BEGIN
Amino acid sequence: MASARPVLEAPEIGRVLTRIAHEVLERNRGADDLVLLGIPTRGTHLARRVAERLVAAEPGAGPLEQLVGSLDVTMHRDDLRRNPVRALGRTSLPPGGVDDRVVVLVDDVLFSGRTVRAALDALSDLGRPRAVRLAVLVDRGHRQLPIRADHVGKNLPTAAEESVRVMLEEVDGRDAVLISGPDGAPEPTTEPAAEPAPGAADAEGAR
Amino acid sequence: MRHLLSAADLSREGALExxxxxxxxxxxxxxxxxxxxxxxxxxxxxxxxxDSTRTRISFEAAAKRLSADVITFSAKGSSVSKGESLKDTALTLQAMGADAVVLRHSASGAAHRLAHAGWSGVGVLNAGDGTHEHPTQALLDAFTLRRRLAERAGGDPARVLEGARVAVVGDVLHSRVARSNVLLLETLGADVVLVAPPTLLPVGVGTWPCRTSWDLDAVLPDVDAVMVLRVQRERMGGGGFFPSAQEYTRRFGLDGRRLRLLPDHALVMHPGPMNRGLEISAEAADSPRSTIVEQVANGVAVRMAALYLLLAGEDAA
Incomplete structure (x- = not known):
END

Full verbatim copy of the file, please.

Amino acid sequence: MASARPVLEAPEIGRVLTRIAHEVLERNRGADDLVLLGIPTRGTHLARRVAERLVAAEPGAGPLEQLVGSLDVTMHRDDLRRNPVRALGRTSLPPGGVDDRVVVLVDDVLFSGRTVRAALDALSDLGRPRAVRLAVLVDRGHRQLPIRADHVGKNLPTAAEESVRVMLEEVDGRDAVLISGPDGAPEPTTEPAAEPAPGAADAEGAR
Amino acid sequence: MRHLLSAADLSREGALExxxxxxxxxxxxxxxxxxxxxxxxxxxxxxxxxDSTRTRISFEAAAKRLSADVITFSAKGSSVSKGESLKDTALTLQAMGADAVVLRHSASGAAHRLAHAGWSGVGVLNAGDGTHEHPTQALLDAFTLRRRLAERAGGDPARVLEGARVAVVGDVLHSRVARSNVLLLETLGADVVLVAPPTLLPVGVGTWPCRTSWDLDAVLPDVDAVMVLRVQRERMGGGGFFPSAQEYTRRFGLDGRRLRLLPDHALVMHPGPMNRGLEISAEAADSPRSTIVEQVANGVAVRMAALYLLLAGEDAA
Incomplete structure (x- = not known):